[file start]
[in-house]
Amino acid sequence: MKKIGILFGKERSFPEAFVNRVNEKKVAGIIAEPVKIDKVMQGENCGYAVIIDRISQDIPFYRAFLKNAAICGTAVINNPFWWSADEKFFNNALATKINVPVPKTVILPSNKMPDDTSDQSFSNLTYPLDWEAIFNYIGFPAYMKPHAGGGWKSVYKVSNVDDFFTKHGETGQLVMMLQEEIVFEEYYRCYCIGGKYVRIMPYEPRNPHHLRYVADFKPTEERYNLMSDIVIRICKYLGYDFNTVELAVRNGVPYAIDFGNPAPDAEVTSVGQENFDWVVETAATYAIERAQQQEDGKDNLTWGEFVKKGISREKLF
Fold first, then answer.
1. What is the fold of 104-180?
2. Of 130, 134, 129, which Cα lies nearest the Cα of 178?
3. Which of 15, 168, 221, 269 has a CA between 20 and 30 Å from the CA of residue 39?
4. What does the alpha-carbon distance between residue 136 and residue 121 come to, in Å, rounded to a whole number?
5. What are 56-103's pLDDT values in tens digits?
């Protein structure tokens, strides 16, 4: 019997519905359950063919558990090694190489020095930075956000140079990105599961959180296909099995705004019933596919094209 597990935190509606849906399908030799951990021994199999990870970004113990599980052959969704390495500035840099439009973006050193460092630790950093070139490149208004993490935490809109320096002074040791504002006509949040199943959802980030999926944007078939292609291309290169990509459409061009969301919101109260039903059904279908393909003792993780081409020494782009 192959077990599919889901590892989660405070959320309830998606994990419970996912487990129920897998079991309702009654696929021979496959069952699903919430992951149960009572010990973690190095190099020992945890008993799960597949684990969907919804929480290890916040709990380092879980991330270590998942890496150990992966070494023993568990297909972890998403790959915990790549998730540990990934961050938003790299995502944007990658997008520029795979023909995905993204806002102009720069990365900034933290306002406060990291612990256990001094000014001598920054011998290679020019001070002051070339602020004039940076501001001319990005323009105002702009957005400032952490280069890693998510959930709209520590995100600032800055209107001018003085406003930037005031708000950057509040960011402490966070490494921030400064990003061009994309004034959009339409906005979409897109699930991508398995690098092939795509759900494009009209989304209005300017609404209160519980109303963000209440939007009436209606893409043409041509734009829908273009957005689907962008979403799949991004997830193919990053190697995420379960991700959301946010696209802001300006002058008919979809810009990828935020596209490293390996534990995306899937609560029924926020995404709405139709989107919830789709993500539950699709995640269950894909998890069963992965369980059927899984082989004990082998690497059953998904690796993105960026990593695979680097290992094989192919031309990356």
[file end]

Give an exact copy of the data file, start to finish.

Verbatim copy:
[in-house]
Amino acid sequence: MKKIGILFGKERSFPEAFVNRVNEKKVAGIIAEPVKIDKVMQGENCGYAVIIDRISQDIPFYRAFLKNAAICGTAVINNPFWWSADEKFFNNALATKINVPVPKTVILPSNKMPDDTSDQSFSNLTYPLDWEAIFNYIGFPAYMKPHAGGGWKSVYKVSNVDDFFTKHGETGQLVMMLQEEIVFEEYYRCYCIGGKYVRIMPYEPRNPHHLRYVADFKPTEERYNLMSDIVIRICKYLGYDFNTVELAVRNGVPYAIDFGNPAPDAEVTSVGQENFDWVVETAATYAIERAQQQEDGKDNLTWGEFVKKGISREKLF
Fold first, then answer.
1. What is the fold of 104-180?
2. Of 130, 134, 129, which Cα lies nearest the Cα of 178?
3. Which of 15, 168, 221, 269 has a CA between 20 and 30 Å from the CA of residue 39?
4. What does the alpha-carbon distance between residue 136 and residue 121 come to, in Å, rounded to a whole number?
5. What are 56-103's pLDDT values in tens digits?
């Protein structure tokens, strides 16, 4: 019997519905359950063919558990090694190489020095930075956000140079990105599961959180296909099995705004019933596919094209 597990935190509606849906399908030799951990021994199999990870970004113990599980052959969704390495500035840099439009973006050193460092630790950093070139490149208004993490935490809109320096002074040791504002006509949040199943959802980030999926944007078939292609291309290169990509459409061009969301919101109260039903059904279908393909003792993780081409020494782009 192959077990599919889901590892989660405070959320309830998606994990419970996912487990129920897998079991309702009654696929021979496959069952699903919430992951149960009572010990973690190095190099020992945890008993799960597949684990969907919804929480290890916040709990380092879980991330270590998942890496150990992966070494023993568990297909972890998403790959915990790549998730540990990934961050938003790299995502944007990658997008520029795979023909995905993204806002102009720069990365900034933290306002406060990291612990256990001094000014001598920054011998290679020019001070002051070339602020004039940076501001001319990005323009105002702009957005400032952490280069890693998510959930709209520590995100600032800055209107001018003085406003930037005031708000950057509040960011402490966070490494921030400064990003061009994309004034959009339409906005979409897109699930991508398995690098092939795509759900494009009209989304209005300017609404209160519980109303963000209440939007009436209606893409043409041509734009829908273009957005689907962008979403799949991004997830193919990053190697995420379960991700959301946010696209802001300006002058008919979809810009990828935020596209490293390996534990995306899937609560029924926020995404709405139709989107919830789709993500539950699709995640269950894909998890069963992965369980059927899984082989004990082998690497059953998904690796993105960026990593695979680097290992094989192919031309990356």